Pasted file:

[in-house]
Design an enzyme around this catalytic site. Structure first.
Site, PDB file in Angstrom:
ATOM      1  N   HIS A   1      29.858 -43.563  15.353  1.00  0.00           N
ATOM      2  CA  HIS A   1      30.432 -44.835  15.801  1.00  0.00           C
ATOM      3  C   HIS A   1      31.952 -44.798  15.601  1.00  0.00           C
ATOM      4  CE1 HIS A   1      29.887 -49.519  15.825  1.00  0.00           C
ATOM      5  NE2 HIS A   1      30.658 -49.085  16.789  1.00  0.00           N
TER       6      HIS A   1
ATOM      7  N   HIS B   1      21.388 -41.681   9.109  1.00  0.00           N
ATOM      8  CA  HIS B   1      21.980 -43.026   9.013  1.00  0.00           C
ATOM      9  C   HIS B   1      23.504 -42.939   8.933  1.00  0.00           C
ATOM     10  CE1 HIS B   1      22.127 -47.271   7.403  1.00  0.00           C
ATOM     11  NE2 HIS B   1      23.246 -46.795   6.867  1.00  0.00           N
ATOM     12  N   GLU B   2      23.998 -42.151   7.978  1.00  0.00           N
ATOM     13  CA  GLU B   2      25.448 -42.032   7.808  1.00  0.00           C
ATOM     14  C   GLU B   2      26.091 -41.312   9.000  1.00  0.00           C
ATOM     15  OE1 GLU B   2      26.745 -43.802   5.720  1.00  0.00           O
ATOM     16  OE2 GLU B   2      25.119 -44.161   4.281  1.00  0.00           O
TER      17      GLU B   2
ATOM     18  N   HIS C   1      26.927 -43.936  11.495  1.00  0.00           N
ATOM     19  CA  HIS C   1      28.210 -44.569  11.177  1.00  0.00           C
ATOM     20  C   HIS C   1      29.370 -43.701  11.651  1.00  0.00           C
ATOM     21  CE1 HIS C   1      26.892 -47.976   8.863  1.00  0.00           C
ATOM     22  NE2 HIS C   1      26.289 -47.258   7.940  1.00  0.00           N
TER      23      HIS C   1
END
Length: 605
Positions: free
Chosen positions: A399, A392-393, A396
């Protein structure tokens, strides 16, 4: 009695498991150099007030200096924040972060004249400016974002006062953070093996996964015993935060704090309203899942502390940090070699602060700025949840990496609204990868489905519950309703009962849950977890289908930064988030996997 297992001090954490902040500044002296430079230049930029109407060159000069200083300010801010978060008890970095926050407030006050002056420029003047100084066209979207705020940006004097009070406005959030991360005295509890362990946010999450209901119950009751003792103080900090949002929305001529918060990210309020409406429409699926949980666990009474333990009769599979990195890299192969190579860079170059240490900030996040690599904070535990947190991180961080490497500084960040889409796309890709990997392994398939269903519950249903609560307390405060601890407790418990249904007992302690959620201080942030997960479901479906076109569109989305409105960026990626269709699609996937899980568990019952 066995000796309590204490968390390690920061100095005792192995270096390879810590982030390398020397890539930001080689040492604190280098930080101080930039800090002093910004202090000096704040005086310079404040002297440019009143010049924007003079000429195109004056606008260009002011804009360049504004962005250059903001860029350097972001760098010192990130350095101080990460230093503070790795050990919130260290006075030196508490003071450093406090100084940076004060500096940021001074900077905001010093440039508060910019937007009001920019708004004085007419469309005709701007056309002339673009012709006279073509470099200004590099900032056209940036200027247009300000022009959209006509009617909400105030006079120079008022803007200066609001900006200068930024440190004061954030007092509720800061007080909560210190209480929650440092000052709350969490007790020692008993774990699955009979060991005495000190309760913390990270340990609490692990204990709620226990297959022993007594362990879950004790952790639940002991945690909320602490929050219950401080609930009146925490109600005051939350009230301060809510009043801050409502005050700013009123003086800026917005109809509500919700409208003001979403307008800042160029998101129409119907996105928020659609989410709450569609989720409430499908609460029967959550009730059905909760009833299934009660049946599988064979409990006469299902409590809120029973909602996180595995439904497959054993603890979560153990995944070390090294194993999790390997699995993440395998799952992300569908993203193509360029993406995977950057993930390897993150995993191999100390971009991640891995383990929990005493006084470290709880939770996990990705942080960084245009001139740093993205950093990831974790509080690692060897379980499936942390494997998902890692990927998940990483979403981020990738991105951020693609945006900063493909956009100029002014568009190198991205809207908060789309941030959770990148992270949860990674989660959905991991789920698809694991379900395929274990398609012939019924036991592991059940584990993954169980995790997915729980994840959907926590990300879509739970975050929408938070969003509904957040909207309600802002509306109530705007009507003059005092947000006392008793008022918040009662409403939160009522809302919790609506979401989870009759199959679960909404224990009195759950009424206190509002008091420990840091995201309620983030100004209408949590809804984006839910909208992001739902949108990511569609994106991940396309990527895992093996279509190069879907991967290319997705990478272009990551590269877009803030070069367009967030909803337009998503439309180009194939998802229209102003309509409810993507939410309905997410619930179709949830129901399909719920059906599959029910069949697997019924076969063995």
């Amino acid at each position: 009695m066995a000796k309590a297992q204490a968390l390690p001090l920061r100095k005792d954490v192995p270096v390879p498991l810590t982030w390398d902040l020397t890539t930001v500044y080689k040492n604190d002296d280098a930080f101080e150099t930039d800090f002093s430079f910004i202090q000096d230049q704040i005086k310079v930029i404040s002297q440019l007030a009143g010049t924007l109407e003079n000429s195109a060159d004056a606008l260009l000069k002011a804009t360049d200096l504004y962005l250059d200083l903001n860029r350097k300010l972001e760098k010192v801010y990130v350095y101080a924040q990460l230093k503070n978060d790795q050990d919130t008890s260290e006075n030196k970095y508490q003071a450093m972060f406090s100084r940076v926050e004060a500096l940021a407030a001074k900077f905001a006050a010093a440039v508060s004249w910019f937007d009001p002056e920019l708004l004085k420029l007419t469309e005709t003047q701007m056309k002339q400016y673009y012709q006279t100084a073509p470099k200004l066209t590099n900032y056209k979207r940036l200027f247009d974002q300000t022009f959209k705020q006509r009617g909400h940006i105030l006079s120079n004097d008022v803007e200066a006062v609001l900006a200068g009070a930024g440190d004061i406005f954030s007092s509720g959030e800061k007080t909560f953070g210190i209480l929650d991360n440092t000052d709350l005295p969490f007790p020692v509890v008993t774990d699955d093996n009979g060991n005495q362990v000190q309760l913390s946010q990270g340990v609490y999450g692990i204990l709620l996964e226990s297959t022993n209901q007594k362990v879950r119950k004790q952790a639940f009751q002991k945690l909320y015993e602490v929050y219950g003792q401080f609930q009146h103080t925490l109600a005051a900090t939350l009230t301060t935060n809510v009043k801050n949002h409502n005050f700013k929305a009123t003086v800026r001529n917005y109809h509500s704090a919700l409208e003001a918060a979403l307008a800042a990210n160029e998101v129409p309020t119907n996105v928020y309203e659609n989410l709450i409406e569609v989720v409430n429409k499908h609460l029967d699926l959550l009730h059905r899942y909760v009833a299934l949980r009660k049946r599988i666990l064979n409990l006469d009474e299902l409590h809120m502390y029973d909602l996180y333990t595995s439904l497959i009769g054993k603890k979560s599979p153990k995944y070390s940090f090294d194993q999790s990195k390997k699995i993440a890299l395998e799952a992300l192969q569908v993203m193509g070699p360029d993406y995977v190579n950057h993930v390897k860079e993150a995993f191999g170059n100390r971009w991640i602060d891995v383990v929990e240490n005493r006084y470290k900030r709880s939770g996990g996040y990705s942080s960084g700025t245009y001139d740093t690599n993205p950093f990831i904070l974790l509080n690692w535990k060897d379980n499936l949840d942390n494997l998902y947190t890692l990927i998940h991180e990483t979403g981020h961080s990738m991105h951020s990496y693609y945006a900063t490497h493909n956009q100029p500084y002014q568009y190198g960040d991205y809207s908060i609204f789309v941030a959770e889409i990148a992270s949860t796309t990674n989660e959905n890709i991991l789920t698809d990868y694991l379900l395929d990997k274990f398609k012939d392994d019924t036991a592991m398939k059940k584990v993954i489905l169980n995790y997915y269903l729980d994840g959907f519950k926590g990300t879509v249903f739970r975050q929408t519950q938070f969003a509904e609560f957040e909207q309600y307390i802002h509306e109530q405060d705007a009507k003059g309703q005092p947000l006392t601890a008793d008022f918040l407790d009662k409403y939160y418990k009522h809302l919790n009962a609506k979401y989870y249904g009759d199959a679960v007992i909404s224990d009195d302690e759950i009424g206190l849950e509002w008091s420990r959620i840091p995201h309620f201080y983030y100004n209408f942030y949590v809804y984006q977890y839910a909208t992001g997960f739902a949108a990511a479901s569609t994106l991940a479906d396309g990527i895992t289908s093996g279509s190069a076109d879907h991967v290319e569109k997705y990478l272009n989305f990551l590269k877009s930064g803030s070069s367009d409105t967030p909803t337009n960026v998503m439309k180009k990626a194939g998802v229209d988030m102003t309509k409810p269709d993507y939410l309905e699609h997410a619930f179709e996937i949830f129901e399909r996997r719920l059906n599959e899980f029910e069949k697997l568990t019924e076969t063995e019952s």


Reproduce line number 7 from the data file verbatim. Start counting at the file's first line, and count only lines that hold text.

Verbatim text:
ATOM      4  CE1 HIS A   1      29.887 -49.519  15.825  1.00  0.00           C